Michigan Recount Reveals Voter Fraud in Detroit-Unproven!
Summary of eRumor:
A 2016 election recount in Michigan requested by Green Party candidate Jill Stein has uncovered voter fraud in Detroit and Wayne County, Michigan.
Discrepancies in the number of ballots and recorded votes in Detroit and Wayne County have sparked an official audit — but state officials haven’t yet ruled whether or not there was voter fraud in Detroit.
The story began to unfold in early December when the Detroit News reported that as many as half the votes in Wayne County, which includes Detroit, could be ineligible for recount under state law because of problems with ballots:
“It’s not good,” conceded Daniel Baxter, elections director for the city of Detroit.
He blamed the discrepancies on the city’s decade-old voting machines, saying 87 optical scanners broke on Election Day. Many jammed when voters fed ballots into scanners, which can result in erroneous vote counts if ballots are inserted multiple times. Poll workers are supposed to adjust counters to reflect a single vote but in many cases failed to do so, causing the discrepancies, Baxter said.
“It’s a challenge, but we’re confident the ballots will match,” Baxter said. “I don’t think it’s going to be 100 percent, but it never is with a recount.”
Then, a report about votes in Wayne County released by election officials on December 13th sparked even more questions about alleged voter fraud in Detroit, Detroit News reports:
The new report, compiled by Wayne County elections officials, sheds light on the extent of the problems and shows a systematic tendency toward counting more votes than the previous Wayne County report, which didn’t specify if precincts had over-counted or undercounted ballots.
Republican state senators last week called for an investigation in Wayne County, including one precinct where a Detroit ballot box contained only 50 of the 306 ballots listed in a poll book, according to an observer for Trump.
City officials have told state officials that ballots in that precinct were never taken out of a locked bin below the voting machine tabulator on Election Day, said Secretary of State spokesman Fred Woodhams.
“That’s what we’ve been told, and we’ll be wanting to verify it,” Woodhams said. “At any rate, this should not have happened.”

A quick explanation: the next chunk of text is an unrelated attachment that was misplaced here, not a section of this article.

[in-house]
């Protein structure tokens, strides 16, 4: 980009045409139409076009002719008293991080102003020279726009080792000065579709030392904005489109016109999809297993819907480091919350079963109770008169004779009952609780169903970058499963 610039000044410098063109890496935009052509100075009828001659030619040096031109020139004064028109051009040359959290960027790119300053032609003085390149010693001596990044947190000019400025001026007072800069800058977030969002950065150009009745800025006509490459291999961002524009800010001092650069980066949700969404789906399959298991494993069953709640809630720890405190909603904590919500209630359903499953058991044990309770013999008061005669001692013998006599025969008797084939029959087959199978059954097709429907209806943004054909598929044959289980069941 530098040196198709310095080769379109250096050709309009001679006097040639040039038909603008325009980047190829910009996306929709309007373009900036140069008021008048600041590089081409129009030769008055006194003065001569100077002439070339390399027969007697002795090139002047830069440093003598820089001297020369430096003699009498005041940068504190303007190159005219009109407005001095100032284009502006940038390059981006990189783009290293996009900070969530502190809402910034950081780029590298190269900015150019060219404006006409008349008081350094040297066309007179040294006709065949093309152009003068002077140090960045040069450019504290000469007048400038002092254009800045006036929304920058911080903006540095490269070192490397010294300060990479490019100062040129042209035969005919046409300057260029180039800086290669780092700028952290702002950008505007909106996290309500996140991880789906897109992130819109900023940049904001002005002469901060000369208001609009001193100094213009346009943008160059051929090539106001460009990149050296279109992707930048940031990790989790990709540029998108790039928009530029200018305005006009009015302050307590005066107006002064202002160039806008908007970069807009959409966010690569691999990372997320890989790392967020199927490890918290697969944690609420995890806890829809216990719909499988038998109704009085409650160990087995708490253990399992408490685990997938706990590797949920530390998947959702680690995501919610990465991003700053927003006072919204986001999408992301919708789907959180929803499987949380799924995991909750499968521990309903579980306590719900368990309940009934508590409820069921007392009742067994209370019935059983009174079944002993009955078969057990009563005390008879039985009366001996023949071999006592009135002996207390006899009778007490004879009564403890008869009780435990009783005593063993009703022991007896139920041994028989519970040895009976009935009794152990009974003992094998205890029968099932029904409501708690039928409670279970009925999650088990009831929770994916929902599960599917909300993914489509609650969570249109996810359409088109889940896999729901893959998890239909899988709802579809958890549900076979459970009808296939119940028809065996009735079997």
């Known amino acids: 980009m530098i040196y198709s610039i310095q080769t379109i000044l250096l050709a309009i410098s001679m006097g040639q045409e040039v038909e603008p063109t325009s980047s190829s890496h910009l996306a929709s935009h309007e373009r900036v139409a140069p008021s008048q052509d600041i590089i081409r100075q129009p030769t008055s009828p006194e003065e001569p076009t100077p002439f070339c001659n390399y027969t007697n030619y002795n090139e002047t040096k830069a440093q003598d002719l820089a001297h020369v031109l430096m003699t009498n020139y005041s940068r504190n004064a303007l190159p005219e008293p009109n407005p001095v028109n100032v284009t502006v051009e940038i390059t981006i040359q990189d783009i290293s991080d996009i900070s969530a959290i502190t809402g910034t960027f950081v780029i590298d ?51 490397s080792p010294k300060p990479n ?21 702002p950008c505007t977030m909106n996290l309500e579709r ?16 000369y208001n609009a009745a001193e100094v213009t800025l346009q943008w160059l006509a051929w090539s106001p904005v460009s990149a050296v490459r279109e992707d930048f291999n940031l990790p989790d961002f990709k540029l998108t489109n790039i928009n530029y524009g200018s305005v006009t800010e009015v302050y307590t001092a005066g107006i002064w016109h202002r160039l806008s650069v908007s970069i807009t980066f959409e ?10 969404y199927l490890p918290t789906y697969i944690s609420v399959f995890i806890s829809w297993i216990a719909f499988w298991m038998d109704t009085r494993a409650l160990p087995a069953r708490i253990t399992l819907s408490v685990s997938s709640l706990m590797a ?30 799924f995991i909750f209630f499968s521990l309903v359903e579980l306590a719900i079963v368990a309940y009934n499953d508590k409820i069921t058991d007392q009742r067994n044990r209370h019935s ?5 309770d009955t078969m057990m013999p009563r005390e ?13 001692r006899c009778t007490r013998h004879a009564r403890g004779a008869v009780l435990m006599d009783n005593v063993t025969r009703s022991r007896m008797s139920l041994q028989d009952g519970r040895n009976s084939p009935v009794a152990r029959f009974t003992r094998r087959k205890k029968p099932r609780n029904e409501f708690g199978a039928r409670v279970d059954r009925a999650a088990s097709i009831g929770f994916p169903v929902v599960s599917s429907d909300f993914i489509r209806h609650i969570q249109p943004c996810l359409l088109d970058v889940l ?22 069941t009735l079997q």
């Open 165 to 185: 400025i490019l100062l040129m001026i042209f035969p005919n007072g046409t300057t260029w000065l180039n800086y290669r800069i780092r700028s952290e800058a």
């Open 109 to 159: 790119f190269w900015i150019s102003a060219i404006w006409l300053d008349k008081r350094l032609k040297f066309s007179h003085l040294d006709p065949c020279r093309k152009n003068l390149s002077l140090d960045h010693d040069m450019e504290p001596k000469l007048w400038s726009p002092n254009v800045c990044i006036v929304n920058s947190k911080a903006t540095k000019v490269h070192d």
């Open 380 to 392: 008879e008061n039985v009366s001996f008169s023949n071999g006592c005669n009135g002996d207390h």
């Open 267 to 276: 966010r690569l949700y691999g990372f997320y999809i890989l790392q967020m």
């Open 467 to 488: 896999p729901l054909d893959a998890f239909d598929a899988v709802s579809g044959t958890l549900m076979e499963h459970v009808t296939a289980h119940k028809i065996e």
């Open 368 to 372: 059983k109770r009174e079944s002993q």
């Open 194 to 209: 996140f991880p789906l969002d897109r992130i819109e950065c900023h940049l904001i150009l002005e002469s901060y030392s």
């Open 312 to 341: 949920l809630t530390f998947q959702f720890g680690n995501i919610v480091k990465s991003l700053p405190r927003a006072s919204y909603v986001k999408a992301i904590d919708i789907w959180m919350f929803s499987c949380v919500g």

The state is not calling the audit an investigation, “but based on what we find, it could lead to more,” he said.
So, while some have pointed to decades-old voting machines that broke down on election day, others have made accusations about voter fraud in Detroit. At this time, it’s not clear why the vote numbers are off, or by how much, Detroit News reports:
It’s unclear how many votes were added in Detroit. That’s because county officials have not tabulated how much the ballots were off in precincts with discrepancies of at least five votes.
Of the data available, though, machines tallied at least 388 more ballots, according to a Detroit News analysis of the records. That’s 0.16 percent of the 248,000 ballots cast in the city that voted for Clinton 95 percent to 3 percent over Trump.
Haroutunian said she didn’t know what to make of the trend toward over-counting because there was no explanation from Detroit poll workers. The city had another 34 precincts that were out of balance, but they included explanations for the discrepancies.
The partial Michigan recount did not change the result of the election: Donald Trump won Michigan by more than 10,000 votes. But Hillary Clinton picked up about 100 votes through the recount, the Detroit Free Press reports:
Nearly 2.1 million of the close to 4.8 million ballots cast in Michigan in the Nov. 8 presidential election were counted a second time before the recount was halted, with Democrat Hillary Clinton gaining 102 votes and Stein gaining 64 votes, according to data released by the Michigan Secretary of State’s Office. Since the recount was not completed, the official result will remain as stated earlier, with Trump defeating Clinton by 10,704 votes.
Chris Thomas, Michigan’s elections director, said those numbers show Michigan residents can have a high level of confidence in the state’s election system.
“I would view this very positively — the fact that we counted … 2 million votes and the net difference was 102 votes,” Thomas said.
But those tallies don’t include the votes in question in Detroit because they were excluded from the recount under state law. It’s not clear how much the vote total in Detroit, why the total count was off, or if there was actually voter fraud in Detroit. An official audit should provide answers. Check back for updates.